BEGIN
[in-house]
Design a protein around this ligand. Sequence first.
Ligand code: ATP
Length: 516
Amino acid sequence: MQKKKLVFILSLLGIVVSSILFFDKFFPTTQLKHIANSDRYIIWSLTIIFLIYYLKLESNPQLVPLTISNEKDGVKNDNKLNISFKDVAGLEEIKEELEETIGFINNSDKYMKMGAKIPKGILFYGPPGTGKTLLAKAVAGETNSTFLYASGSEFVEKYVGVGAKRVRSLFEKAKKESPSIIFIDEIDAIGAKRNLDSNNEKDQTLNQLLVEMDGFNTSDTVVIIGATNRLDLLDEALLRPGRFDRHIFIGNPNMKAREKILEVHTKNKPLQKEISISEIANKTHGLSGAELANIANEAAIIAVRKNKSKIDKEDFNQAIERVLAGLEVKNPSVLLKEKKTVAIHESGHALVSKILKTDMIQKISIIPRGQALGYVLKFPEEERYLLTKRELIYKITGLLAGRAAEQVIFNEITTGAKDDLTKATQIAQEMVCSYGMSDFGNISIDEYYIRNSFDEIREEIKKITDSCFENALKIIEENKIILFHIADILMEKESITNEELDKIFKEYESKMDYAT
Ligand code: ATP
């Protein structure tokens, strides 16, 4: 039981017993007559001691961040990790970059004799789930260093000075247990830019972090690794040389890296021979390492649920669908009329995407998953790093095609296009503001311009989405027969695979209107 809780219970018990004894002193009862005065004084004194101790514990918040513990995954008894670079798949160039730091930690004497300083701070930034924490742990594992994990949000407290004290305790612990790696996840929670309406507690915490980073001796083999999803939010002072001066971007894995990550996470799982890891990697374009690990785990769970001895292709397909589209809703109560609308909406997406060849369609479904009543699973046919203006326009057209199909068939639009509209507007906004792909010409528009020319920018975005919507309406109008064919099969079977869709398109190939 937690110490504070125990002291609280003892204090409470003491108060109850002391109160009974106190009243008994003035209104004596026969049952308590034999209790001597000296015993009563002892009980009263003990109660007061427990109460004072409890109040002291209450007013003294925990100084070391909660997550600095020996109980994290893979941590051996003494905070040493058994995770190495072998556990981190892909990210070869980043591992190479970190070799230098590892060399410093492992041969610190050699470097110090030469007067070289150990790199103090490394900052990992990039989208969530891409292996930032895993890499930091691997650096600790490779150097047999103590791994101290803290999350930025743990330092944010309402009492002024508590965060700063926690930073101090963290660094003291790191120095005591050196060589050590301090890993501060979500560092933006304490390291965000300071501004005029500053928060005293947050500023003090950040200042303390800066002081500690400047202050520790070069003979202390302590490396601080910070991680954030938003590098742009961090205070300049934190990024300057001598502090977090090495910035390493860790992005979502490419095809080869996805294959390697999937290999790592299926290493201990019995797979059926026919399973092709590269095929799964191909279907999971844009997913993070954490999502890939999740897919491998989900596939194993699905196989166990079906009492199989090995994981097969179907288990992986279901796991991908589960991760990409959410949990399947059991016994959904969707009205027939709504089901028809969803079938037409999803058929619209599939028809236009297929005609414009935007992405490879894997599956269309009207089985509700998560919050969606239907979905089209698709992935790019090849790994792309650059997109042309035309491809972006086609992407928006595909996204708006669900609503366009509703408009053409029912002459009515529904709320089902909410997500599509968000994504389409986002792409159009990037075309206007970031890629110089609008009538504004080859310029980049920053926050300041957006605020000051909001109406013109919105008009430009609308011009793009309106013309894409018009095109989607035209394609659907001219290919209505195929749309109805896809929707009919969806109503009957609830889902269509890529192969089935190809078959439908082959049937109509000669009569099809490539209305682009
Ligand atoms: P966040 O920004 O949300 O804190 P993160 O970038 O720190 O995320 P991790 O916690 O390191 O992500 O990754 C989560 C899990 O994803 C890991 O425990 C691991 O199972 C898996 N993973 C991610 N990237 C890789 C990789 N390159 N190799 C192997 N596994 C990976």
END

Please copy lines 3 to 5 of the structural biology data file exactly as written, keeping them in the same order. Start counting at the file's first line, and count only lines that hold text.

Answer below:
Ligand code: ATP
Length: 516
Amino acid sequence: MQKKKLVFILSLLGIVVSSILFFDKFFPTTQLKHIANSDRYIIWSLTIIFLIYYLKLESNPQLVPLTISNEKDGVKNDNKLNISFKDVAGLEEIKEELEETIGFINNSDKYMKMGAKIPKGILFYGPPGTGKTLLAKAVAGETNSTFLYASGSEFVEKYVGVGAKRVRSLFEKAKKESPSIIFIDEIDAIGAKRNLDSNNEKDQTLNQLLVEMDGFNTSDTVVIIGATNRLDLLDEALLRPGRFDRHIFIGNPNMKAREKILEVHTKNKPLQKEISISEIANKTHGLSGAELANIANEAAIIAVRKNKSKIDKEDFNQAIERVLAGLEVKNPSVLLKEKKTVAIHESGHALVSKILKTDMIQKISIIPRGQALGYVLKFPEEERYLLTKRELIYKITGLLAGRAAEQVIFNEITTGAKDDLTKATQIAQEMVCSYGMSDFGNISIDEYYIRNSFDEIREEIKKITDSCFENALKIIEENKIILFHIADILMEKESITNEELDKIFKEYESKMDYAT